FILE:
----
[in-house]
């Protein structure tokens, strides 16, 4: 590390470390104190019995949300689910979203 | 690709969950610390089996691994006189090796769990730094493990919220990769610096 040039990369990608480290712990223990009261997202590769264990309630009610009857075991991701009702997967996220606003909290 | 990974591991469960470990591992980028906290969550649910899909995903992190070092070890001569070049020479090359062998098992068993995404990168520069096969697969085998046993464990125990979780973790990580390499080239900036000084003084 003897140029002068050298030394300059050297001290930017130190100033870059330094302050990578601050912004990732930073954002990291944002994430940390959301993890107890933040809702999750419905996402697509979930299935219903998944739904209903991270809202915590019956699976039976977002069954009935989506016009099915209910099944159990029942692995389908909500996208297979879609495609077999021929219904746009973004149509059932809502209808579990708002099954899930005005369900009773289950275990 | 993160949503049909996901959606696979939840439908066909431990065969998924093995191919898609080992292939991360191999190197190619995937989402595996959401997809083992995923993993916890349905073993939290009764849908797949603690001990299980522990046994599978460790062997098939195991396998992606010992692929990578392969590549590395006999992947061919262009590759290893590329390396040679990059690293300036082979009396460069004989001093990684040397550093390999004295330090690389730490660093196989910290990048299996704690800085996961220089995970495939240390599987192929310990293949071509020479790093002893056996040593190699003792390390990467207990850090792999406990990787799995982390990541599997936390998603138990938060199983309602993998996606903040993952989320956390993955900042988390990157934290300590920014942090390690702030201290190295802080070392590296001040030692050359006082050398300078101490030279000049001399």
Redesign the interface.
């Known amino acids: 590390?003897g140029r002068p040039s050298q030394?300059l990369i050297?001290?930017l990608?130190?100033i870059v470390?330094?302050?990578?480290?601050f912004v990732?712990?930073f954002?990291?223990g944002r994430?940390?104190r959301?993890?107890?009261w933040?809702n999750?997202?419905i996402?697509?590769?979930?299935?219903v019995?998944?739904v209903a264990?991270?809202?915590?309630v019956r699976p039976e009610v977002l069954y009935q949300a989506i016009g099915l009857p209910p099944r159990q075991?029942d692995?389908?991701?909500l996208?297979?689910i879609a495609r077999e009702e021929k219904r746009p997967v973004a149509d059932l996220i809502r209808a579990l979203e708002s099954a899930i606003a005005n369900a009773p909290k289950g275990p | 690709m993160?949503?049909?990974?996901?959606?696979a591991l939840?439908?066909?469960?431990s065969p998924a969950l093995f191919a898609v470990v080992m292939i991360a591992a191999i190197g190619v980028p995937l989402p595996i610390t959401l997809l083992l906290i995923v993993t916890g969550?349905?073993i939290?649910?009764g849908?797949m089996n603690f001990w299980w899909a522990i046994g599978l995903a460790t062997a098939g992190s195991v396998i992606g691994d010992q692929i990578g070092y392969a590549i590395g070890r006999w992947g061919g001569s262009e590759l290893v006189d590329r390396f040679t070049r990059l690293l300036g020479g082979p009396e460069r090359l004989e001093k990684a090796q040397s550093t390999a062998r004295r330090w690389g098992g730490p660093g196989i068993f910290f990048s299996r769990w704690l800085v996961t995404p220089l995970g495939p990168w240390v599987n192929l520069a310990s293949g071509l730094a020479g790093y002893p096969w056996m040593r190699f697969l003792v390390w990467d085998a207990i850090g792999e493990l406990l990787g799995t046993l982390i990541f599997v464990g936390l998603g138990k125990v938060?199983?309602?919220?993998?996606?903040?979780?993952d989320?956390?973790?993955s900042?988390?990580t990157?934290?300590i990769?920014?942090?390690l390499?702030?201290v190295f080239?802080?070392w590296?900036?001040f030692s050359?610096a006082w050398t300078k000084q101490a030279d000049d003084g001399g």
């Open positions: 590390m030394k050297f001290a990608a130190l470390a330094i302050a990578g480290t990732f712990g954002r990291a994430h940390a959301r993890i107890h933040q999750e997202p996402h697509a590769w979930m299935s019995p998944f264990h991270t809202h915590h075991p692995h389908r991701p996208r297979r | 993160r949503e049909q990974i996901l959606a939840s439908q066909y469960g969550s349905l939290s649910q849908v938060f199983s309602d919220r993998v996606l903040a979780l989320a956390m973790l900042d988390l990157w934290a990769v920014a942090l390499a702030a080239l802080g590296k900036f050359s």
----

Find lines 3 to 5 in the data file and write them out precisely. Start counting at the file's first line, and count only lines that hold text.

Redesign the interface.
């Known amino acids: 590390?003897g140029r002068p040039s050298q030394?300059l990369i050297?001290?930017l990608?130190?100033i870059v470390?330094?302050?990578?480290?601050f912004v990732?712990?930073f954002?990291?223990g944002r994430?940390?104190r959301?993890?107890?009261w933040?809702n999750?997202?419905i996402?697509?590769?979930?299935?219903v019995?998944?739904v209903a264990?991270?809202?915590?309630v019956r699976p039976e009610v977002l069954y009935q949300a989506i016009g099915l009857p209910p099944r159990q075991?029942d692995?389908?991701?909500l996208?297979?689910i879609a495609r077999e009702e021929k219904r746009p997967v973004a149509d059932l996220i809502r209808a579990l979203e708002s099954a899930i606003a005005n369900a009773p909290k289950g275990p | 690709m993160?949503?049909?990974?996901?959606?696979a591991l939840?439908?066909?469960?431990s065969p998924a969950l093995f191919a898609v470990v080992m292939i991360a591992a191999i190197g190619v980028p995937l989402p595996i610390t959401l997809l083992l906290i995923v993993t916890g969550?349905?073993i939290?649910?009764g849908?797949m089996n603690f001990w299980w899909a522990i046994g599978l995903a460790t062997a098939g992190s195991v396998i992606g691994d010992q692929i990578g070092y392969a590549i590395g070890r006999w992947g061919g001569s262009e590759l290893v006189d590329r390396f040679t070049r990059l690293l300036g020479g082979p009396e460069r090359l004989e001093k990684a090796q040397s550093t390999a062998r004295r330090w690389g098992g730490p660093g196989i068993f910290f990048s299996r769990w704690l800085v996961t995404p220089l995970g495939p990168w240390v599987n192929l520069a310990s293949g071509l730094a020479g790093y002893p096969w056996m040593r190699f697969l003792v390390w990467d085998a207990i850090g792999e493990l406990l990787g799995t046993l982390i990541f599997v464990g936390l998603g138990k125990v938060?199983?309602?919220?993998?996606?903040?979780?993952d989320?956390?973790?993955s900042?988390?990580t990157?934290?300590i990769?920014?942090?390690l390499?702030?201290v190295f080239?802080?070392w590296?900036?001040f030692s050359?610096a006082w050398t300078k000084q101490a030279d000049d003084g001399g």
């Open positions: 590390m030394k050297f001290a990608a130190l470390a330094i302050a990578g480290t990732f712990g954002r990291a994430h940390a959301r993890i107890h933040q999750e997202p996402h697509a590769w979930m299935s019995p998944f264990h991270t809202h915590h075991p692995h389908r991701p996208r297979r | 993160r949503e049909q990974i996901l959606a939840s439908q066909y469960g969550s349905l939290s649910q849908v938060f199983s309602d919220r993998v996606l903040a979780l989320a956390m973790l900042d988390l990157w934290a990769v920014a942090l390499a702030a080239l802080g590296k900036f050359s």